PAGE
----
The years passed, as did my father in 1983. One day in 2017, something inexplicable occurred. Late one night, while sitting at my computer, I had an irresistible urge to google my father's ship. Over the years, I had already noted the Elmore's
history and specifications in a Wikipedia entry and so I knew a lot about the ship. I even knew the ship's hull number by heart, APA-42
. When I performed that search, an entry appeared about a World War II diary by a sailor on the USS Elmore
. I was stunned, having never seen this item before. I learned that Earl Schrader, Chief Storekeeper, filled two diaries while serving on the Elmore
in 1944 and 1945. The diaries had been stored away for some seventy years in an attic chest. His granddaughter, Robin Lee Hammond, found those diaries and transcribed them for publication. What luck!
, I thought. Of course, I ordered the book immediately.
I waited, not altogether patiently, for the book to arrive. Lulu Press is part of the self-publishing industry. Their books are printed on-demand, taking two weeks to arrive after an order has been placed. But the book finally came and it was almost like being a kid again at Christmas getting the best gift ever. I read Chief Schrader's diary and was not disappointed.
Earl gave some amazing accounts of his time on the Elmore
with insights and information that only somebody who was actually there could provide. These World War II Diaries, USS Elmore
, gave me a priceless insight into what life was like for my dad while serving on that ship.
My curiosity was soon unbound. What started as a gentle rain of curiosity, became a torrent of interest and then a flood of questions. Did Earl know my dad? Why did his entries stop before the end of the war? Why didn't my dad write a similar war diary? Those questions, and many more, needed to find answers. An odyssey of discovery had just begun.
I have always been fascinated by the study of history and the stories of those caught up in the flux of events. Having recently retired, I had the time to engage in historical analysis. A plan formed. Since my dad had chosen not to write a diary, I would do it for him. My two sons had never met their grandfather, having died years before they were born. I would tell his story and introduce my kids to the grandfather that they had never known.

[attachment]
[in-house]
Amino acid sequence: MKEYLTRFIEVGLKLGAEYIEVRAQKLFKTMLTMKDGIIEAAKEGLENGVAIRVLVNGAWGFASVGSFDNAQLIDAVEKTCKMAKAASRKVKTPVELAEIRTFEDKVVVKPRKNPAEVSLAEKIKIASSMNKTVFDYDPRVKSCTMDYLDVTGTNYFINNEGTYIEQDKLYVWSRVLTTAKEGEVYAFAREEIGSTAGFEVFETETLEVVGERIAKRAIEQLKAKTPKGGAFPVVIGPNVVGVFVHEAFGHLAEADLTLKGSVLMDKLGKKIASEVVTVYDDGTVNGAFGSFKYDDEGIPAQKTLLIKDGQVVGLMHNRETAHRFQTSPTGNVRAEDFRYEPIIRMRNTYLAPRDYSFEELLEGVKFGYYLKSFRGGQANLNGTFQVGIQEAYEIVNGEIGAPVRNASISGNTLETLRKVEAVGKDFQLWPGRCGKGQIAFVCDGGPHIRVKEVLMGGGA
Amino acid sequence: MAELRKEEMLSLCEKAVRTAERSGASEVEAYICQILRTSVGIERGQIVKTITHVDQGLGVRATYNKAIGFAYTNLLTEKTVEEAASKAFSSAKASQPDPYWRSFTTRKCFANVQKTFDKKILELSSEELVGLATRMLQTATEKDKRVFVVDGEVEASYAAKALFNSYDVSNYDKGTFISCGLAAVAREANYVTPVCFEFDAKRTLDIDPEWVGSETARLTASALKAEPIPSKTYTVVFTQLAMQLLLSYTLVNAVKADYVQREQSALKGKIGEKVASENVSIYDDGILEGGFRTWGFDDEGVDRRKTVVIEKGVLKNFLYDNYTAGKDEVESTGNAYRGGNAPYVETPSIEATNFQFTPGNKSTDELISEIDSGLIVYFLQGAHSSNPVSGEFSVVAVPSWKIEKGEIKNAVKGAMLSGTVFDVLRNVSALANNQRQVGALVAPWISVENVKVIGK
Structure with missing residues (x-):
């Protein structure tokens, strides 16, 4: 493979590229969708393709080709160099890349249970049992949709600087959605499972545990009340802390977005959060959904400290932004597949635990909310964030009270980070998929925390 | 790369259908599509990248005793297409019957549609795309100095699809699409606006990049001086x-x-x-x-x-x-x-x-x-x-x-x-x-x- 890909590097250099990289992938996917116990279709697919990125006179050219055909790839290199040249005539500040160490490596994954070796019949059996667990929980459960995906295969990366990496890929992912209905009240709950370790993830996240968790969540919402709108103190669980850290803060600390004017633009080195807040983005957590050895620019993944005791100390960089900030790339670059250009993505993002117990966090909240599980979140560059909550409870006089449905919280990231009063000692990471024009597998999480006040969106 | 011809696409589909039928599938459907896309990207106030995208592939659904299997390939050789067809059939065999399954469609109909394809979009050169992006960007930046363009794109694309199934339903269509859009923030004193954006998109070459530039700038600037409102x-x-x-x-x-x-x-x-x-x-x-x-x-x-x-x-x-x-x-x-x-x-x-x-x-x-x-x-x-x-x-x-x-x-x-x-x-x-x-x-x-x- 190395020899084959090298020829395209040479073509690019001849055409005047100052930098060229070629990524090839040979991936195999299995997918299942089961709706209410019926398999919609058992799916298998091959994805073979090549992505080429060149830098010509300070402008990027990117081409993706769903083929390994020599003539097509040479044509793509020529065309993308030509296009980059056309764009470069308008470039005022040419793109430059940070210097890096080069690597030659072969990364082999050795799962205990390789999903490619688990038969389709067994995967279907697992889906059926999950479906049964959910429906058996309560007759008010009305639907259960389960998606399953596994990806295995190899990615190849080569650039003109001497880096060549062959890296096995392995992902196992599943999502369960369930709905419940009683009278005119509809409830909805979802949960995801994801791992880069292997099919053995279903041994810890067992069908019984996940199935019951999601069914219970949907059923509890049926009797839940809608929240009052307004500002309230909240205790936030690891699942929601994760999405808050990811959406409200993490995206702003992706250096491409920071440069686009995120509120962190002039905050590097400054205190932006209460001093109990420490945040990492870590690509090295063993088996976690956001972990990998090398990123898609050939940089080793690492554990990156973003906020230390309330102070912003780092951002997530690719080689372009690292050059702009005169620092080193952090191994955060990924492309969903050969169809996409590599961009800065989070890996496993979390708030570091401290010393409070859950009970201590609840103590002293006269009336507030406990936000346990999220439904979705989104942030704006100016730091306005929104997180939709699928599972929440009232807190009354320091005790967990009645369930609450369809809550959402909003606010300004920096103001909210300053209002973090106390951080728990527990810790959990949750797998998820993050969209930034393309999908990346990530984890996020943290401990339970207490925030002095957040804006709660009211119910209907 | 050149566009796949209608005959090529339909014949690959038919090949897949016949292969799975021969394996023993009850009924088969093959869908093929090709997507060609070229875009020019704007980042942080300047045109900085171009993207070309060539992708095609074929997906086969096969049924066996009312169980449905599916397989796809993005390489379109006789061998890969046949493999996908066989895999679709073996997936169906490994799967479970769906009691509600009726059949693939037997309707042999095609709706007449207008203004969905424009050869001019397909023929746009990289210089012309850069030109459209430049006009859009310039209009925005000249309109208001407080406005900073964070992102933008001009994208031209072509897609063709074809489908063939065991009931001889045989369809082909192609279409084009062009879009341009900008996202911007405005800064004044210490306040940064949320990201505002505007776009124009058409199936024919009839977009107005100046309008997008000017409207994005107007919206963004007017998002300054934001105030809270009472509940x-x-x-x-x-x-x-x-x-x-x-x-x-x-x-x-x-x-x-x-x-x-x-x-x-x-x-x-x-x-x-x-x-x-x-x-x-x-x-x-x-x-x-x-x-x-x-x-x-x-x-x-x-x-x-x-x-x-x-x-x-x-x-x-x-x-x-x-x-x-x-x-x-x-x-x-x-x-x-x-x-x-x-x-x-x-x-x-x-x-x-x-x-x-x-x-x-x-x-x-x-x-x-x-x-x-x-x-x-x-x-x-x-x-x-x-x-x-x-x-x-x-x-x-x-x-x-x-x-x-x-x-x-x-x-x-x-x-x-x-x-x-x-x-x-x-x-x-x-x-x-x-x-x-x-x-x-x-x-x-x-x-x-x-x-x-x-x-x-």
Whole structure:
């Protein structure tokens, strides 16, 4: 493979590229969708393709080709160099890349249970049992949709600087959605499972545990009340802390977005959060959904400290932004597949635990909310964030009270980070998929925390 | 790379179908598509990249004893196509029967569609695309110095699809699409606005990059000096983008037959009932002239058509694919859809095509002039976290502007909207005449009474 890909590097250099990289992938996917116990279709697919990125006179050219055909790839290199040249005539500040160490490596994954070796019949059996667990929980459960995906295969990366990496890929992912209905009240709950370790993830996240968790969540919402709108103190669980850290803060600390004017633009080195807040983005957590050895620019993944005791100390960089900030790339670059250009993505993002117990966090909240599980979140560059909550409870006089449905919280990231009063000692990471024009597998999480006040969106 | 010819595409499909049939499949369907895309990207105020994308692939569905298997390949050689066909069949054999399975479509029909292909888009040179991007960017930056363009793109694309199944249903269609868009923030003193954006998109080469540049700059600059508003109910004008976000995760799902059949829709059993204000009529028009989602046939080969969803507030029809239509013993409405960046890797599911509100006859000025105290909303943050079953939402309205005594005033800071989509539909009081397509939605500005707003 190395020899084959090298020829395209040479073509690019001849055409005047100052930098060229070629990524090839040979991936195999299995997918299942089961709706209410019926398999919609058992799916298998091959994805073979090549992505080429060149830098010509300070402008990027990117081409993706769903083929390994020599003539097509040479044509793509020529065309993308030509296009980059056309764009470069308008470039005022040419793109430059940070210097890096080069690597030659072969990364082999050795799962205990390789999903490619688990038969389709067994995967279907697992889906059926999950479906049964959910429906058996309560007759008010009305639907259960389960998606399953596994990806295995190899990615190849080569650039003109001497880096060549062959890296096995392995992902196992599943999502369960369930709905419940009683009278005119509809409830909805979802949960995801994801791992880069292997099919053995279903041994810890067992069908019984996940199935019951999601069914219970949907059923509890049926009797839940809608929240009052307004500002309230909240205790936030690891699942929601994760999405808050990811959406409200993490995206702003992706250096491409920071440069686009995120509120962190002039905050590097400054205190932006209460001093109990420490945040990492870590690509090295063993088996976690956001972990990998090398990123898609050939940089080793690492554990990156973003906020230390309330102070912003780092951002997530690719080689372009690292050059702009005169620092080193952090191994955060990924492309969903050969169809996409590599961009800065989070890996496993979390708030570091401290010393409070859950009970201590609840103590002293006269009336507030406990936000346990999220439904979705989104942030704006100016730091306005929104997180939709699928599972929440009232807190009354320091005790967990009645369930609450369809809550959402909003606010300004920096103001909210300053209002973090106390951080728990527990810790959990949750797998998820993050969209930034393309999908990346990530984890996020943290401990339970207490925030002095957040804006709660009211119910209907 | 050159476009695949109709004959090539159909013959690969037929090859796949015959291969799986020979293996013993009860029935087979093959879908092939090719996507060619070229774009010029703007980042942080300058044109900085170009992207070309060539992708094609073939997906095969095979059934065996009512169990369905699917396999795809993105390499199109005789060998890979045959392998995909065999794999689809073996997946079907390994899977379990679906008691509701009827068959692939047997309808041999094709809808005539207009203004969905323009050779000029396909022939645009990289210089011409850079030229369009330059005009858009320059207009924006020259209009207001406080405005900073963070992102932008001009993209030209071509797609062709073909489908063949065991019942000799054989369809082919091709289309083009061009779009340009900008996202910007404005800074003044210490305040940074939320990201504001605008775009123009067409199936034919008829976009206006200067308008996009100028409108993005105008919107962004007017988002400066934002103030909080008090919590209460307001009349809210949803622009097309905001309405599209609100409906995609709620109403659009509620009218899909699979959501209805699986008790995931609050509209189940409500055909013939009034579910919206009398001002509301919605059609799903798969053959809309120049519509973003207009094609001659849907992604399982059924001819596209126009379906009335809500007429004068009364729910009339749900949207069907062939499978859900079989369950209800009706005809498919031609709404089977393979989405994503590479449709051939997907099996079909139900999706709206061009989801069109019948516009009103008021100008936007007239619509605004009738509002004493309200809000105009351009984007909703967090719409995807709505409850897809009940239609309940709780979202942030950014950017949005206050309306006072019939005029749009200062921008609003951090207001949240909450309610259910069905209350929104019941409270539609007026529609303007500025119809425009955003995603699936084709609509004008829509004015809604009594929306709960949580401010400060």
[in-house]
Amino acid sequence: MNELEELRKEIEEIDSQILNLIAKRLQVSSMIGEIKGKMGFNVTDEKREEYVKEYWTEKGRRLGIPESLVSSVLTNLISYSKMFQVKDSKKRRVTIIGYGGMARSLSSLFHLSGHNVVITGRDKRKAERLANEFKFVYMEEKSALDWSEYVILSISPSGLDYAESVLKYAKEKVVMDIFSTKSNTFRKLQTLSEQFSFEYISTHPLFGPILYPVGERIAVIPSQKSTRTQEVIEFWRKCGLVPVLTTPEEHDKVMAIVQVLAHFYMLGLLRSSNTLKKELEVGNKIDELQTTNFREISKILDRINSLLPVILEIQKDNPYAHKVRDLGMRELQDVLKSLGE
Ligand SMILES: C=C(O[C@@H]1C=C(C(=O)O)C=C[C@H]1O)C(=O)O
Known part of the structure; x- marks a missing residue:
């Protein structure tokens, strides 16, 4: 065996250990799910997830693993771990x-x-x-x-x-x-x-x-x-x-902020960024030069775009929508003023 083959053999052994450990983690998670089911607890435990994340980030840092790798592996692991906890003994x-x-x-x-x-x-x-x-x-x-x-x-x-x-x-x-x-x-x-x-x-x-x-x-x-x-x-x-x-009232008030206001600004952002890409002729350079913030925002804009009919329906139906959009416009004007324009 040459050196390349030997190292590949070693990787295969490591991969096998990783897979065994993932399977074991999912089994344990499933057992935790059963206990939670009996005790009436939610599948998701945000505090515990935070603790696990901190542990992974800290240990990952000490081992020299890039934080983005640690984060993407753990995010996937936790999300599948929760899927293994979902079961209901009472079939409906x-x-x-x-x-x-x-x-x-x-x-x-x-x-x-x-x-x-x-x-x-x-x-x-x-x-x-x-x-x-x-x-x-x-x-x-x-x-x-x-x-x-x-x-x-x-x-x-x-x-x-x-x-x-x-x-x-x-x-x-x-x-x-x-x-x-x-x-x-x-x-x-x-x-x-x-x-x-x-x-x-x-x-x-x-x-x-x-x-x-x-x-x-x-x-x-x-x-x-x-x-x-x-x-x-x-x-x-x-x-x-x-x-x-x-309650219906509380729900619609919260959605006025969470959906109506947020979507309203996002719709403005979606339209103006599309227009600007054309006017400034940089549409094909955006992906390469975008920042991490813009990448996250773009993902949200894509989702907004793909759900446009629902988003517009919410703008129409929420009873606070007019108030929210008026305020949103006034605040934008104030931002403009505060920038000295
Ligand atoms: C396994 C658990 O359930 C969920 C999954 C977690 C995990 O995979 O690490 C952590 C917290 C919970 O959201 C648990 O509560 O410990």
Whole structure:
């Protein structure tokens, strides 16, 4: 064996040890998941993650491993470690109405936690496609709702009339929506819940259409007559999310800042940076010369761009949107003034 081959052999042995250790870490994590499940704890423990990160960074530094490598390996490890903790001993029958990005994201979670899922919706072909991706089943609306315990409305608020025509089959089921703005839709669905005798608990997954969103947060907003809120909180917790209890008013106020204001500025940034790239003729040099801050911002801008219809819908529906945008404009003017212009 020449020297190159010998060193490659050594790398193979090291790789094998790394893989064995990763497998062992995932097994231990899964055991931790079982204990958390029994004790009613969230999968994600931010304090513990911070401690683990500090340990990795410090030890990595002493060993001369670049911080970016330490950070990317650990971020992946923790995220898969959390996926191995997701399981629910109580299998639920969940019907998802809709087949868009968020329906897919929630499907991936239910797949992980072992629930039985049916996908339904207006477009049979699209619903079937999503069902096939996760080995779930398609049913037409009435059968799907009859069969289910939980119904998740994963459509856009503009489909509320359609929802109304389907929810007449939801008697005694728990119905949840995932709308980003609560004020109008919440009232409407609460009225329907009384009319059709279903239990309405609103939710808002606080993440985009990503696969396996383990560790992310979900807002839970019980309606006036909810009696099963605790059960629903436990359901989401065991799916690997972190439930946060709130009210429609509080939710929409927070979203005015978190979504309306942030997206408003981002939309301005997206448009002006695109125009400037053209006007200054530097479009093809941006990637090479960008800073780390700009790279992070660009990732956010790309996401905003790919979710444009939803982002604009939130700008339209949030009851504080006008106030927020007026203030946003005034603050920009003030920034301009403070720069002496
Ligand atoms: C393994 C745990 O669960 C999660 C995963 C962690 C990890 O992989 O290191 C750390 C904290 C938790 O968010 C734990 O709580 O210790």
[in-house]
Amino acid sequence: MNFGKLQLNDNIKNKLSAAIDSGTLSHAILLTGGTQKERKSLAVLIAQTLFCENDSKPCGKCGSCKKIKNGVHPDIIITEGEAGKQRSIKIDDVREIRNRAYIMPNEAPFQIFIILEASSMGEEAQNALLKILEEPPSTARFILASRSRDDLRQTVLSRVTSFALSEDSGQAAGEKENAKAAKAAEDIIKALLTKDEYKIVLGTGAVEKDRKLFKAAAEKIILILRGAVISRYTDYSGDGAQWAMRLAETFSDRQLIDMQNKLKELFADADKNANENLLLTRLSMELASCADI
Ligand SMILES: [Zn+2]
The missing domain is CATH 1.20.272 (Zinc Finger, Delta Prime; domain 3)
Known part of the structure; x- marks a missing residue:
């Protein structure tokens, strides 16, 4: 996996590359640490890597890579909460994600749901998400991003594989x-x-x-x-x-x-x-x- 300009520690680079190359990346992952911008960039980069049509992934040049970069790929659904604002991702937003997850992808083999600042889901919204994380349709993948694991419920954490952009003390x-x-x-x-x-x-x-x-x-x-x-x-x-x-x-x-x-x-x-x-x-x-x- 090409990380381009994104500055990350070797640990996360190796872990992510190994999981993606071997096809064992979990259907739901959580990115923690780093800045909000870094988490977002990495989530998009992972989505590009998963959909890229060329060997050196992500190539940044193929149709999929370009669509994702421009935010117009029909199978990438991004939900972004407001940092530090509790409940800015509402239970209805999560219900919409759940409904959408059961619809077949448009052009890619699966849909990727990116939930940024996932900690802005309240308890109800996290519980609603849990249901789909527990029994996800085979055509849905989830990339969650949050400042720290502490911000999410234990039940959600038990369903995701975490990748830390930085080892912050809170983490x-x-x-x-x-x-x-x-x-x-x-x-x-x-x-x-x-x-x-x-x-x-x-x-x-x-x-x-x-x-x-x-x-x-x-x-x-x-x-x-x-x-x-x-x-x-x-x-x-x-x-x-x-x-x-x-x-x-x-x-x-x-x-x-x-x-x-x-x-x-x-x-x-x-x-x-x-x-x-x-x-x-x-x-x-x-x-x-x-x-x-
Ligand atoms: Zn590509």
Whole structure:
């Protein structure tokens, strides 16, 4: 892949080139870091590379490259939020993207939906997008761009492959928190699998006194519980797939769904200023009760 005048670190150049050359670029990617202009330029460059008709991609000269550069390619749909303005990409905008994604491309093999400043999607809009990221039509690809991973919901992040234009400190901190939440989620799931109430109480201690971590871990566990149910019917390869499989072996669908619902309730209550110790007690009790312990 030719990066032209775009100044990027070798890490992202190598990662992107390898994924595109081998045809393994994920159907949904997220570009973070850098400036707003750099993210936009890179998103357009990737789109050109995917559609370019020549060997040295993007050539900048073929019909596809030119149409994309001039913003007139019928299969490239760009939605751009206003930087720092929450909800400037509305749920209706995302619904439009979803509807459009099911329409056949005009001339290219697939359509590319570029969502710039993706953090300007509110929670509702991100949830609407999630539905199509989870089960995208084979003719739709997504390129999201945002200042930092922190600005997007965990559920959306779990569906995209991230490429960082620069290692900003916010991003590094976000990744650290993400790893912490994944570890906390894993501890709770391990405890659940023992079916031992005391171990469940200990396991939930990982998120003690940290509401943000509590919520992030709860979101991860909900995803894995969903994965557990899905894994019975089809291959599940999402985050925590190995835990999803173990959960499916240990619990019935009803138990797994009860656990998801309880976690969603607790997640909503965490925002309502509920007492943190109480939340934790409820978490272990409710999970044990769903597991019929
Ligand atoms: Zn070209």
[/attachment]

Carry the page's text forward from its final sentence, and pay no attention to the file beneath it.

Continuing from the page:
Head first, I dove into the project. I ordered documents from the National Archives: my father's navy records and the Elmore's
Deck Log and War Diary. That set me back over $1,500. Cheap at any price, I thought. When I received the records, I was amazed to discover that the ship's log and war diary had not been declassified until December 31, 2012. That was just a few months before I had retired and nearly seventy years after their submittal to the Department of the Navy. I smiled at the thought that the Navy had waited patiently for me to retire before releasing those records for my project.
There were many other resources to explore. I discovered the ship's Muster Roll online at Fold3.com
. That gave me the list of the crew, their dates of arrival and departure on the ship and their dates of promotion and, in some cases, demotion. The list of the ship's officers were to be found in the Deck Logs. Having worked in personnel administration for a large governmental entity in Chicago, I felt right at home with those records. This project had been waiting for me all my life. And now I was ready to begin.
I am blessed with a good sense of organization and logic, undoubtedly the result of earning a bachelor's degree in philosophy. The next step was to assemble a library. Within a few months, my collection of books on World War II in the Pacific had grown to well past fifty. As I thought about the project, it slowly occurred to me that this was more than just the story of my father or Chief Schrader. It was the story of the entire crew of the USS Elmore
. I wanted to salute those men and their ship and their service to our country. Ultimately, it led to my desire to pay my respect to all members of the US armed forces, both active members and veterans. In the process, I wanted to tell the story of the Elmore
and make it interesting and even compelling. And wouldn't it be nice if I could connect with other people that had family members who had served on the Elmore
? It all became clear to me. I should start by creating a website about the USS Elmore
and her crew. Only then could I write my dad's diary.